It’s clear that, like ‘toons, puppets have no regard for the laws of physics, sense-making, or human life. But damn, they’re funny. The ep starts a bit slow as we’re introducing the concept but it ends with a bang (or whatever sound  bodies make when they hit the ground. Something between a thunk and a splat, I guess). Watch it, and also subscribe, because that’s a real button, that NPH is really holding.

Neil’s Puppet Dreams is the Best. Thing. Ever.

Flash Friday at Neil’s

Andra wiped crumbs from one of the humanoid tables with a wadded up cloth. Nothing ever quite came clean here. She would have liked to run a power washer over the whole place, but getting clearance to use that much water here on the moon would be ruinously expensive and require any number of sexual favours to minor bureaucrats. Behind her Andra could hear the antique neon sign that hung buzzily over the entrance to Neil’s. The Neil A. Armstrong Lunar Outpost sat like a small group of grimy bubbles in the regolith of Shackleton Crater, the domed public areas on top and the living spaces and supplies warehoused deep underground. Once the jewel in the crown of human achievement, it was now a grimy third-rate truck stop and supply depot.

Through the meteor-etched hemisphere of the dome, Andra could vaguely see a dozen or so battered planet-hoppers, an official Earth supply freighter, and several swanky transports belonging to the private mining concerns with bases on the dark side of the moon. The earth was doing its rising majestically over the horizon thing, but Andra had seen it a thousand times.

One thousand four hundred and twenty-two times, she thought and then sighed. She had a good memory for things like that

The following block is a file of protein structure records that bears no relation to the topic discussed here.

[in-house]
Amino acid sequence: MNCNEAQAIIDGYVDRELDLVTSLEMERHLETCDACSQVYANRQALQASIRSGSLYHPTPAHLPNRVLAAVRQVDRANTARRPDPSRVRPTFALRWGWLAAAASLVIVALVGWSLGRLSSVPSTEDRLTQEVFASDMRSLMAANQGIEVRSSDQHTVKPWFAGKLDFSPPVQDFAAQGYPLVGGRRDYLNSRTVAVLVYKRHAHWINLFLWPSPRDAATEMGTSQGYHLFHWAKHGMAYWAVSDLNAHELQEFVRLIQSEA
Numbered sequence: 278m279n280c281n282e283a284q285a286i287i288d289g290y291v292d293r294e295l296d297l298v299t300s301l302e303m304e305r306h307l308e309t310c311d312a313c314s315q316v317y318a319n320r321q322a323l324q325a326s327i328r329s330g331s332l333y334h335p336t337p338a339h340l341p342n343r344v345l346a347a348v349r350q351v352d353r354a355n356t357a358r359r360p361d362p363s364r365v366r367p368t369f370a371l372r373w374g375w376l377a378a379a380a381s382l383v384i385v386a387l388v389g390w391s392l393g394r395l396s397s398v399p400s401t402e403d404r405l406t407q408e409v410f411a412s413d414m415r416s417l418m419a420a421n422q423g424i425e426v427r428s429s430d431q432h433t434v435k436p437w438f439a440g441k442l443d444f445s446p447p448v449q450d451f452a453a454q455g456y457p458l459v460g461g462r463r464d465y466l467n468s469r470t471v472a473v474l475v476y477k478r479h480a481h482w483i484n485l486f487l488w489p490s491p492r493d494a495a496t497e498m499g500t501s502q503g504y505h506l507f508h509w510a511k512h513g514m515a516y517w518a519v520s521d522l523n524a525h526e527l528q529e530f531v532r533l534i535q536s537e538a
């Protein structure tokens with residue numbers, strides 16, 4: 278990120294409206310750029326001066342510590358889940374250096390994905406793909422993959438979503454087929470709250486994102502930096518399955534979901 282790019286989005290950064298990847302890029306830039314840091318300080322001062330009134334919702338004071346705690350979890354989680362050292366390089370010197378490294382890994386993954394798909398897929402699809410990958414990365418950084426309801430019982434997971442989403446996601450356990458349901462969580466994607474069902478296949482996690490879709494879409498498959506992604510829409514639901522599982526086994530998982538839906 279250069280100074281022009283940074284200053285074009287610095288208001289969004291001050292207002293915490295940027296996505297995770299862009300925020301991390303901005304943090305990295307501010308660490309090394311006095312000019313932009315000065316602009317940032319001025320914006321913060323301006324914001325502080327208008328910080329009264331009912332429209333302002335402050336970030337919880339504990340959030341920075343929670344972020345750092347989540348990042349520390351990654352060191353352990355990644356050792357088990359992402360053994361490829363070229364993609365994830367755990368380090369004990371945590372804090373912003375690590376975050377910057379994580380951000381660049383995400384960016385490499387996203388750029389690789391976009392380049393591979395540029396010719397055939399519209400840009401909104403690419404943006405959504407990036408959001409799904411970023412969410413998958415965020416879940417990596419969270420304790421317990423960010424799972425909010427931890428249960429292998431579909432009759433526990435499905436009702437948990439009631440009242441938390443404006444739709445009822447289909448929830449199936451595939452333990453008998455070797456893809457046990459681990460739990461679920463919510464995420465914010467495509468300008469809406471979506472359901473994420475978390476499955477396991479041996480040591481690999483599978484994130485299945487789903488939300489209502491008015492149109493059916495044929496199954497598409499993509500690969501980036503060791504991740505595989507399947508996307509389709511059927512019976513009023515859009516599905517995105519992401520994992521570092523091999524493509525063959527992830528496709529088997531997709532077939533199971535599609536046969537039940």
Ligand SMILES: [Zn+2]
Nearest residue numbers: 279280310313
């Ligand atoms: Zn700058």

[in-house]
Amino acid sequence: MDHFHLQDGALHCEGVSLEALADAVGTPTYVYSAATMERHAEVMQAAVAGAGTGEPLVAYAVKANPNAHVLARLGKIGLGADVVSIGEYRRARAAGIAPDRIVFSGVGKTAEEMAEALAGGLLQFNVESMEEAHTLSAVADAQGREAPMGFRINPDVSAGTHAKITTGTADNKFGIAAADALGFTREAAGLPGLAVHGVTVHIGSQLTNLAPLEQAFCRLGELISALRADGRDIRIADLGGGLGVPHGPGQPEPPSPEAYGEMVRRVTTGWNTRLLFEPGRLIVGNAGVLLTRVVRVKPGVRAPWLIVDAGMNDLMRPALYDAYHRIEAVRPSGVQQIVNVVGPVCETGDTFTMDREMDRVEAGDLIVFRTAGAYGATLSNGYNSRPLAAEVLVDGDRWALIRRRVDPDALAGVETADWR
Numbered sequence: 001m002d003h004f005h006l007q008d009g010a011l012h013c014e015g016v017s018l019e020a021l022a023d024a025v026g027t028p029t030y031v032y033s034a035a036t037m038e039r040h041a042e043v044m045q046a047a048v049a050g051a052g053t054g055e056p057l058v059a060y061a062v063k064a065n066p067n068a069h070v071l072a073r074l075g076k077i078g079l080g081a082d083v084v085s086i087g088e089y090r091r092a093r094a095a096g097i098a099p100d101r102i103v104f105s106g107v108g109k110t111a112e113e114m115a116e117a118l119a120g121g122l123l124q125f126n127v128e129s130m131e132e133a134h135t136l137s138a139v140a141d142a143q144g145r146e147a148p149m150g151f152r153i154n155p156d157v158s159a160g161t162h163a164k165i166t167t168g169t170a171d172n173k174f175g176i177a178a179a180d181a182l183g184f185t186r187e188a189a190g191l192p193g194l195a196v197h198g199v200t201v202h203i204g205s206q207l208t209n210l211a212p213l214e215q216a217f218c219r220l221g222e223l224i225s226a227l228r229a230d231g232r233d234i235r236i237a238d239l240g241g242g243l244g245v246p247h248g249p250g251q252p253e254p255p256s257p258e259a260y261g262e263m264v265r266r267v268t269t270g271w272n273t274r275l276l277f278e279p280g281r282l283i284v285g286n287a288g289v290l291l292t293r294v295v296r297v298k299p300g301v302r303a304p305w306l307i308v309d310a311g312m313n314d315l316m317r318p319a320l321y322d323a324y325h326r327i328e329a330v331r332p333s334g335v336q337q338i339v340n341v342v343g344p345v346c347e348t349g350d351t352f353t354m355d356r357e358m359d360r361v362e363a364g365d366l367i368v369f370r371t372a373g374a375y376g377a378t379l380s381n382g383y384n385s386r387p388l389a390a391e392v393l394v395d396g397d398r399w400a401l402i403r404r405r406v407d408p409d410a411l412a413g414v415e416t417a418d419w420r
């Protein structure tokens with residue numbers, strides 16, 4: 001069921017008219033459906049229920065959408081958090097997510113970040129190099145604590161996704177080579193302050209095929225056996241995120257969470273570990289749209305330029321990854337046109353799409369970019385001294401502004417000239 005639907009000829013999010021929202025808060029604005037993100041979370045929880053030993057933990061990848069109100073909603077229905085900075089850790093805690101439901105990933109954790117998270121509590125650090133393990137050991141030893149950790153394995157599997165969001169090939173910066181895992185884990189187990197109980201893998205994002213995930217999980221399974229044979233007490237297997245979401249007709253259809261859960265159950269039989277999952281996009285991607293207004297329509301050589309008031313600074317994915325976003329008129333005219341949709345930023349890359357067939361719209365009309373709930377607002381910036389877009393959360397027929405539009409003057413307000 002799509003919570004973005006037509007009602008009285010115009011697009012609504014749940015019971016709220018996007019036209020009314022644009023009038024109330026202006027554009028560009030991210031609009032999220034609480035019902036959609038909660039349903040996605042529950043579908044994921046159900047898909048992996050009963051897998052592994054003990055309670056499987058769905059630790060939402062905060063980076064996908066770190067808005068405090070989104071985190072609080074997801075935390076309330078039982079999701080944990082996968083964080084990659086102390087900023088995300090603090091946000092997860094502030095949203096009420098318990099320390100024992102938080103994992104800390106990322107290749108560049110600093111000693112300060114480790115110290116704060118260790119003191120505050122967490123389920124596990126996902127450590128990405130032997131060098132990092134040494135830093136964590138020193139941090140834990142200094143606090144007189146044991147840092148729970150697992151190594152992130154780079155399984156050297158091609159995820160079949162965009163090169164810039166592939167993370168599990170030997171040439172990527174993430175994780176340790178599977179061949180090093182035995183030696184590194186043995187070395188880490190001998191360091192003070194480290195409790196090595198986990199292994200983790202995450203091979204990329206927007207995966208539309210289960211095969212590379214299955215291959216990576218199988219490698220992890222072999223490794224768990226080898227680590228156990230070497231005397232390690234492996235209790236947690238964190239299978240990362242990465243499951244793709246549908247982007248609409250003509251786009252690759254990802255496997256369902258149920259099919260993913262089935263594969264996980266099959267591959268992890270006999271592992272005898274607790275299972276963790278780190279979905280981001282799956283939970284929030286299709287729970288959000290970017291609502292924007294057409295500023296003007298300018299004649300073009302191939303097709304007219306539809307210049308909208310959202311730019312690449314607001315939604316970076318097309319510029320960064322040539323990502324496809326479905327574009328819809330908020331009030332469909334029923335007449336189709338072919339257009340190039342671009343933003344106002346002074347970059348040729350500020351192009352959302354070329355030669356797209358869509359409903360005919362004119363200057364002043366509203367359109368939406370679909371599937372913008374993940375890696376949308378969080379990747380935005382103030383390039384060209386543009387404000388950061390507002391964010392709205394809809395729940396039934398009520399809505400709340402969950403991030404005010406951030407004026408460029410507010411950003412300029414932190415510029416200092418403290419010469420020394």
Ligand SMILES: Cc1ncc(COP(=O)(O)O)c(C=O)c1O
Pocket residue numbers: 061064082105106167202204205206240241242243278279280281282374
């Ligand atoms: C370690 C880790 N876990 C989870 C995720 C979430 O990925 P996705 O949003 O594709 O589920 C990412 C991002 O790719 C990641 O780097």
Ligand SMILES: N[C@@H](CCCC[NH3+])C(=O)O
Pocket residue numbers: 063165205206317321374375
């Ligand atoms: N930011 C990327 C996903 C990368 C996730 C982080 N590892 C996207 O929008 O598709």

Mr. Hosk, the proprietor, squelched too loudly for Andra’s liking. She frowned again and ran a hand over her bald head. Hosk was mixing drinks behind the bar. He stretched a tentacle to pluck a bottle from the top shelf, and Andra narrowed her eyes at him. Hosk claimed that the appendage was analogous to an arm, but Andra had been in his office at the back of the restaurant and seen the lewd holoposters he had tacked to his wall. The activities depicted in the posters made her suspect that it was an entirely different sort of appendage. One that broke any number of health regulations.

A couple of lurid pink Skrlj hissed and grunted at one of the non-humanoid tables. The Skrlj were lizard-like and sported a mouth full of razor-sharp teeth. An image of a Skrlj paying its bill popped into Andra’s head. She scooped up the bill pad and headed over to their table.  She nodded at both Skrlj and made to walk away again. An image of an assortment of alien species came into her head. Then the image of a small birdlike creature, which indicated a question.

“Do we get a many aliens around here?” Andra repeated (just to make sure). “Not really, we don’t get many non-humans this close in, mostly miner forty-niners and the odd alien who dreams of retiring to the exotic paradise he’s seen in all the Earth tourism ads.”